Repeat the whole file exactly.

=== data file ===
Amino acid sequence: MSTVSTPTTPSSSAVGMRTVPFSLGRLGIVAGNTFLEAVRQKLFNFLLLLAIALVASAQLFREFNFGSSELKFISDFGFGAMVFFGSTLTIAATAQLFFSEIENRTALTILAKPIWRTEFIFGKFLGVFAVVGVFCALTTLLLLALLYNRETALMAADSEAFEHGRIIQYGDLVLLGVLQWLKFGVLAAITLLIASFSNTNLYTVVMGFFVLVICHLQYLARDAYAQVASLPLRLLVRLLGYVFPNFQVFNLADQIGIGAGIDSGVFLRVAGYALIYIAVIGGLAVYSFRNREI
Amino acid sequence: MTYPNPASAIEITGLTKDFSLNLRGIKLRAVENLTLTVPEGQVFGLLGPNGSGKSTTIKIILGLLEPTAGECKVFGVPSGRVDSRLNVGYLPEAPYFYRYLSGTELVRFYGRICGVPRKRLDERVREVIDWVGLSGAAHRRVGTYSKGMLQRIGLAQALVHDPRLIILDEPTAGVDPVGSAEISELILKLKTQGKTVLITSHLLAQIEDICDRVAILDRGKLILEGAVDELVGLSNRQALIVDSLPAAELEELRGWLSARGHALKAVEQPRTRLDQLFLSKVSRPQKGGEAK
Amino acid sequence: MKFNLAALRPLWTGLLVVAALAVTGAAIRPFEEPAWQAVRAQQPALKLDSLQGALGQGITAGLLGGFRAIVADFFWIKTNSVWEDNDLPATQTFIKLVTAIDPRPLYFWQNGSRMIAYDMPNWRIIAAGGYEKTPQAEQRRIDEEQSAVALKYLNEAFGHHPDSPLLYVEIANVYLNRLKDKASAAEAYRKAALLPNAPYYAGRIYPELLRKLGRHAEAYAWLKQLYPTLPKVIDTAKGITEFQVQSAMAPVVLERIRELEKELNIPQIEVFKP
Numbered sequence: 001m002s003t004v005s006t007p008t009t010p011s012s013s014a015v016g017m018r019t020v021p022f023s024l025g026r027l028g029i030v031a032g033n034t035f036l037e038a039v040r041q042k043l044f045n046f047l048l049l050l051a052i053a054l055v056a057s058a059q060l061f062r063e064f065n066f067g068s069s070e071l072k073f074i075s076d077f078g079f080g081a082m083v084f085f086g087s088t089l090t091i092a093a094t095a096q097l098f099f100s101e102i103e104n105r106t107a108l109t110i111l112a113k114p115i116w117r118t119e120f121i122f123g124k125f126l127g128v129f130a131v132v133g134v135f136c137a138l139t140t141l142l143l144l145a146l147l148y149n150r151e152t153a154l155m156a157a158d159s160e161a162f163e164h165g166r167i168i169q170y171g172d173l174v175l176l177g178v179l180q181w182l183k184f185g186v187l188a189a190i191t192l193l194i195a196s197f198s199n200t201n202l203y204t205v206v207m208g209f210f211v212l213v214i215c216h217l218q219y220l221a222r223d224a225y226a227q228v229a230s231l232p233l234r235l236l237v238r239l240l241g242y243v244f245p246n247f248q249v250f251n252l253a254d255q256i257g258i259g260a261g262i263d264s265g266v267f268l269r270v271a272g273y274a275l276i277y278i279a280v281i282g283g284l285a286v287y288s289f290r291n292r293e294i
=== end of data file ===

Amino acid sequence: MSTVSTPTTPSSSAVGMRTVPFSLGRLGIVAGNTFLEAVRQKLFNFLLLLAIALVASAQLFREFNFGSSELKFISDFGFGAMVFFGSTLTIAATAQLFFSEIENRTALTILAKPIWRTEFIFGKFLGVFAVVGVFCALTTLLLLALLYNRETALMAADSEAFEHGRIIQYGDLVLLGVLQWLKFGVLAAITLLIASFSNTNLYTVVMGFFVLVICHLQYLARDAYAQVASLPLRLLVRLLGYVFPNFQVFNLADQIGIGAGIDSGVFLRVAGYALIYIAVIGGLAVYSFRNREI
Amino acid sequence: MTYPNPASAIEITGLTKDFSLNLRGIKLRAVENLTLTVPEGQVFGLLGPNGSGKSTTIKIILGLLEPTAGECKVFGVPSGRVDSRLNVGYLPEAPYFYRYLSGTELVRFYGRICGVPRKRLDERVREVIDWVGLSGAAHRRVGTYSKGMLQRIGLAQALVHDPRLIILDEPTAGVDPVGSAEISELILKLKTQGKTVLITSHLLAQIEDICDRVAILDRGKLILEGAVDELVGLSNRQALIVDSLPAAELEELRGWLSARGHALKAVEQPRTRLDQLFLSKVSRPQKGGEAK
Amino acid sequence: MKFNLAALRPLWTGLLVVAALAVTGAAIRPFEEPAWQAVRAQQPALKLDSLQGALGQGITAGLLGGFRAIVADFFWIKTNSVWEDNDLPATQTFIKLVTAIDPRPLYFWQNGSRMIAYDMPNWRIIAAGGYEKTPQAEQRRIDEEQSAVALKYLNEAFGHHPDSPLLYVEIANVYLNRLKDKASAAEAYRKAALLPNAPYYAGRIYPELLRKLGRHAEAYAWLKQLYPTLPKVIDTAKGITEFQVQSAMAPVVLERIRELEKELNIPQIEVFKP
Numbered sequence: 001m002s003t004v005s006t007p008t009t010p011s012s013s014a015v016g017m018r019t020v021p022f023s024l025g026r027l028g029i030v031a032g033n034t035f036l037e038a039v040r041q042k043l044f045n046f047l048l049l050l051a052i053a054l055v056a057s058a059q060l061f062r063e064f065n066f067g068s069s070e071l072k073f074i075s076d077f078g079f080g081a082m083v084f085f086g087s088t089l090t091i092a093a094t095a096q097l098f099f100s101e102i103e104n105r106t107a108l109t110i111l112a113k114p115i116w117r118t119e120f121i122f123g124k125f126l127g128v129f130a131v132v133g134v135f136c137a138l139t140t141l142l143l144l145a146l147l148y149n150r151e152t153a154l155m156a157a158d159s160e161a162f163e164h165g166r167i168i169q170y171g172d173l174v175l176l177g178v179l180q181w182l183k184f185g186v187l188a189a190i191t192l193l194i195a196s197f198s199n200t201n202l203y204t205v206v207m208g209f210f211v212l213v214i215c216h217l218q219y220l221a222r223d224a225y226a227q228v229a230s231l232p233l234r235l236l237v238r239l240l241g242y243v244f245p246n247f248q249v250f251n252l253a254d255q256i257g258i259g260a261g262i263d264s265g266v267f268l269r270v271a272g273y274a275l276i277y278i279a280v281i282g283g284l285a286v287y288s289f290r291n292r293e294i